On This Day 14th December 1542
On 14th December 1542, James V, King of Scots, died, a few days after the disastrous defeat of Scotland at the Battle of Solway Moss. James was only 30, but had been King for almost his whole life. His death, probably of dysentery or something similar, plunged Scotland into turmoil as his only legitimate child was a week old daughter, Mary. During his life, James had been a busy King – extending and enforcing the power of the Crown, visiting France to promote the Auld Alliance and enhancing the Palace of Holyroodhouse. Read more on James here
On This Day 13th December 1577
On 13th December 1577 Francis Drake, an experienced commander, took five ships and 164 men on a voyage from Plymouth, with the objective of seizing Spanish bullion and exploring South America. This was not Drake’s first visit to South America. He had been there in an expedition of 1573, when, together with a group of French privateers, he and his men had attacked a richly laden Spanish mule train near the town of Nombre de Dios. The 1577 voyage was well supported by senior members of Queen Elizabeth’s court, the previous rich pickings having whetted their appetites. Robert Dudley, Earl of Leicester; Sir Christopher Hatton and Sir Francis Walsingham all invested in Drake’s enterprise. This was the voyage on which Francis Drake circumnavigated the world, returning in 1580.
On This Day 12th December 1574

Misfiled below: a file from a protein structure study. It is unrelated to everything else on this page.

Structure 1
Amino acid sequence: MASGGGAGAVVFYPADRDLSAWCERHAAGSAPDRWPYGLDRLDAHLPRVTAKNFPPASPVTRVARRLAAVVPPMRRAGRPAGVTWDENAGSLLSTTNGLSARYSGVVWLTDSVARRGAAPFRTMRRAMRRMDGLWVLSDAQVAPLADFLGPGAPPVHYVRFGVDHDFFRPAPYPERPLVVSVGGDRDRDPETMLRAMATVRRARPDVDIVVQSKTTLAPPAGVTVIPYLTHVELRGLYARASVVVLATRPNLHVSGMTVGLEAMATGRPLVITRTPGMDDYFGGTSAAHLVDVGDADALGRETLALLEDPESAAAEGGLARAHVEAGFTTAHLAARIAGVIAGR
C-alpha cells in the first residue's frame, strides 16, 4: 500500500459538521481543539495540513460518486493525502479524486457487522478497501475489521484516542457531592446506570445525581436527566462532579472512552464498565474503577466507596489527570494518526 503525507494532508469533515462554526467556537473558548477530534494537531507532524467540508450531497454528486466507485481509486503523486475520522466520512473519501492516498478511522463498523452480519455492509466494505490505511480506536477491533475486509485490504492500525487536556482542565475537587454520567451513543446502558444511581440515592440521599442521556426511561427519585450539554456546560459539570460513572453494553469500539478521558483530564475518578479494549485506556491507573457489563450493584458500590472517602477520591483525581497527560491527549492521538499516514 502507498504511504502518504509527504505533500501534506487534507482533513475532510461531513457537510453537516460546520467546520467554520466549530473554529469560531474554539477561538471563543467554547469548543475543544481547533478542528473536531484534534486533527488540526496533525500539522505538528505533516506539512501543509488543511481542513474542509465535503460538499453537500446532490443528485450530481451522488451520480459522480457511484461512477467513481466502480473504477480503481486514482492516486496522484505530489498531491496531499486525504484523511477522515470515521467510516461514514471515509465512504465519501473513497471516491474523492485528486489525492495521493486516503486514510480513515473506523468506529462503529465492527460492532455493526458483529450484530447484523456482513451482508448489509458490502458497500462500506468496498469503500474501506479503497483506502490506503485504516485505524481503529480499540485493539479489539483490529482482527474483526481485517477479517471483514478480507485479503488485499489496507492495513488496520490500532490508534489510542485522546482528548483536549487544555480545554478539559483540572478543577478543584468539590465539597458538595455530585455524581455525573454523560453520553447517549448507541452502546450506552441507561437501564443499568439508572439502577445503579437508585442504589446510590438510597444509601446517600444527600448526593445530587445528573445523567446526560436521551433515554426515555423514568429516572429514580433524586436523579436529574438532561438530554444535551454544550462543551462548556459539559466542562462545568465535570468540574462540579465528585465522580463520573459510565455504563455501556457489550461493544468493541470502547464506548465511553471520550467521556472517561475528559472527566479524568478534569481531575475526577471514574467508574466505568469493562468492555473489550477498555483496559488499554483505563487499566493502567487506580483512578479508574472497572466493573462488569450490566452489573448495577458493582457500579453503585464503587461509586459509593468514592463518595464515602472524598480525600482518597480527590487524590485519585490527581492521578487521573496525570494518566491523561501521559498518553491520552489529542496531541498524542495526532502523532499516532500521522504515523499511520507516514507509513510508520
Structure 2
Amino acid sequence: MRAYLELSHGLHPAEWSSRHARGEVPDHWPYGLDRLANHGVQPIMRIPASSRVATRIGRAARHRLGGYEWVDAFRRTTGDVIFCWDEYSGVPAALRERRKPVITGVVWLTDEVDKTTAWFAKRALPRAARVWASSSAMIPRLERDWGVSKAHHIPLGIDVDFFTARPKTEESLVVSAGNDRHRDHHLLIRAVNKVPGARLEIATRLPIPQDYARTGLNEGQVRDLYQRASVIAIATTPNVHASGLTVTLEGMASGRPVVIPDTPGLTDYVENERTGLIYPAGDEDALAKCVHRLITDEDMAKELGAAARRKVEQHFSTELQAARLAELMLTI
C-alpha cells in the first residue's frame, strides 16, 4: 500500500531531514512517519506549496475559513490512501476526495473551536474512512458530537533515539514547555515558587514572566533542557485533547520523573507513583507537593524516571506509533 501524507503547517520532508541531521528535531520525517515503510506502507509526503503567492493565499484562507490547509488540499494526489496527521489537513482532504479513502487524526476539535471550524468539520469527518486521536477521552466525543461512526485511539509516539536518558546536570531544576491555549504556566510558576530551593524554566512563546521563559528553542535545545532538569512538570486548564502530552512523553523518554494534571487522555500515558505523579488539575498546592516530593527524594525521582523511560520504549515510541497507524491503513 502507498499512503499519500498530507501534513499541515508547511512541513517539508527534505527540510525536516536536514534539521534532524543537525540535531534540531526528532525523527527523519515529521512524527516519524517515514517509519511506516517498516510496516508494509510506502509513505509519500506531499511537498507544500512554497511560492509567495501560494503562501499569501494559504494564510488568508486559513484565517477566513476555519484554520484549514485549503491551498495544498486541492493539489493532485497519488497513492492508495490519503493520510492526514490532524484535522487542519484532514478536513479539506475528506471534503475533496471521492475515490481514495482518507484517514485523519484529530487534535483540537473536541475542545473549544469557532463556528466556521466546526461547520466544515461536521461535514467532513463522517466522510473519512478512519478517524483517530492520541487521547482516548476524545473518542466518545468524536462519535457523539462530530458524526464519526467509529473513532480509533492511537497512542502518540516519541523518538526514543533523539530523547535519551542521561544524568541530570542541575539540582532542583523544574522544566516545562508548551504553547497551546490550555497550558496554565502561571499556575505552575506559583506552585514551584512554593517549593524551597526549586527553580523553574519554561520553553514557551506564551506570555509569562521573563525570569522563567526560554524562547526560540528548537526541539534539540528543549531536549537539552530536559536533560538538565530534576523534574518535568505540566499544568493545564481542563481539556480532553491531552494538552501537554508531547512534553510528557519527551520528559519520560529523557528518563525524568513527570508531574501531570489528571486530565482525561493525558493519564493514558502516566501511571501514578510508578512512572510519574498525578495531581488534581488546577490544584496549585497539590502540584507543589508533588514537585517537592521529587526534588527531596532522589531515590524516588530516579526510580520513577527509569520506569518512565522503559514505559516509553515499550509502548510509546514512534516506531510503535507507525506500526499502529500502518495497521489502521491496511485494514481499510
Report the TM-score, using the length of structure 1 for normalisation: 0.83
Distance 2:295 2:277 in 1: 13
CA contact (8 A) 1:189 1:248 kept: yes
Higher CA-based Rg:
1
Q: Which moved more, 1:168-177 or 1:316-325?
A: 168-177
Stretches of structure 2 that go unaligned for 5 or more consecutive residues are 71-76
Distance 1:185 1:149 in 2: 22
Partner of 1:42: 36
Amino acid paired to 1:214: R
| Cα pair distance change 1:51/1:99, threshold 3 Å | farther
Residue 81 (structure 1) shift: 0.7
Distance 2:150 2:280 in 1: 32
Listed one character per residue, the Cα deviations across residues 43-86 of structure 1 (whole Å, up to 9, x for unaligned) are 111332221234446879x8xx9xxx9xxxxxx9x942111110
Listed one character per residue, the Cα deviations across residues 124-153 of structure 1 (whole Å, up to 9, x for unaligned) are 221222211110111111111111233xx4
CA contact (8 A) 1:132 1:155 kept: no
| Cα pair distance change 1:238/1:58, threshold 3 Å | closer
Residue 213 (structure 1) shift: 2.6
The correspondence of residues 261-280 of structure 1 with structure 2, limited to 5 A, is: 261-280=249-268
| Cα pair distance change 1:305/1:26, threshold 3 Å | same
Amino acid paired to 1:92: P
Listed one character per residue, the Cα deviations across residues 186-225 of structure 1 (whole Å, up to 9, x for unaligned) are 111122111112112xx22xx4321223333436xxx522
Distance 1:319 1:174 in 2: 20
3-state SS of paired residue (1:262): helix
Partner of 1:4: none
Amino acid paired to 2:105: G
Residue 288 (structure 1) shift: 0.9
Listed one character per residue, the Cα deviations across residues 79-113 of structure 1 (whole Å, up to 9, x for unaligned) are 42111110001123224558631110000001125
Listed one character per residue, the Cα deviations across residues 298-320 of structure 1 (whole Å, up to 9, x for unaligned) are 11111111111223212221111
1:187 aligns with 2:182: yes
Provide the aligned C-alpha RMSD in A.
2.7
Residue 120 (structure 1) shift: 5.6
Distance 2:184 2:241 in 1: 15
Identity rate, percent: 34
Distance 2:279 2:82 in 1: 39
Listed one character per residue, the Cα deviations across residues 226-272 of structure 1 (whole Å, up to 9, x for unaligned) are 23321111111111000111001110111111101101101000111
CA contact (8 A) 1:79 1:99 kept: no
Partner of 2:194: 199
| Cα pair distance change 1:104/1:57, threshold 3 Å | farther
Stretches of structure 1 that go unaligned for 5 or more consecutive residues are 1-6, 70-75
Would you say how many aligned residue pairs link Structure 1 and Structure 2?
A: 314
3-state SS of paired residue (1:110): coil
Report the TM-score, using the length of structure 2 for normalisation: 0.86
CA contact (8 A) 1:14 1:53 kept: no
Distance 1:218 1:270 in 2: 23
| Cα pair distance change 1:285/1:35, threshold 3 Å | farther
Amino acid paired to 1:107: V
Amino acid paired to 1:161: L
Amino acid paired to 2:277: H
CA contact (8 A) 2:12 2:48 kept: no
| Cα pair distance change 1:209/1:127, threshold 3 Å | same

On 12th December 1574 Anne of Denmark was born. Her father, Frederick II of Denmark, died when Anne was fourteen. Her mother, Sophia of Mecklenburg-Gustrow, was determined that Anne’s previously arranged marriage to James VI of Scotland should proceed. After the fleet intended to carry Anne to Scotland had been beaten back by storms, James came to fetch her himself, and they were married in Oslo. James was eight years older than his wife, but the two were eager to love each other, as convention required. Their early years seem to have been reasonably happy, and Anne bore several children. When James acceded to the English throne in 1603, Anne could not initially accompany him, as she was pregnant. This was her last pregnancy, and as time went on, however, they struggled to maintain their marriage.
Anne was a great patron of the arts and architecture – Inigo Jones and Marcus Gheerhaerts were proteges of hers. The Queen’s House at Greenwich was, originally, begun for her, although the current building was completed for her daughter-in-law, Henrietta Maria. Anne also enjoyed the dramatic arts – Ben Johnson and Shakespeare performed for her – and her court masques were famous. Anne died in 1619 of dropsy. She is buried in Henry VII’s Chapel in Westminster Abbey.
The 17th November was celebrated for centruies as the date of accession of Elizabeth I to the throne of England - and she is still consistently cited as a great monarch. But did later monarchs suffer from some of her failures? Dr Linda Porter examines the evidence in a fascinating Guest Article.
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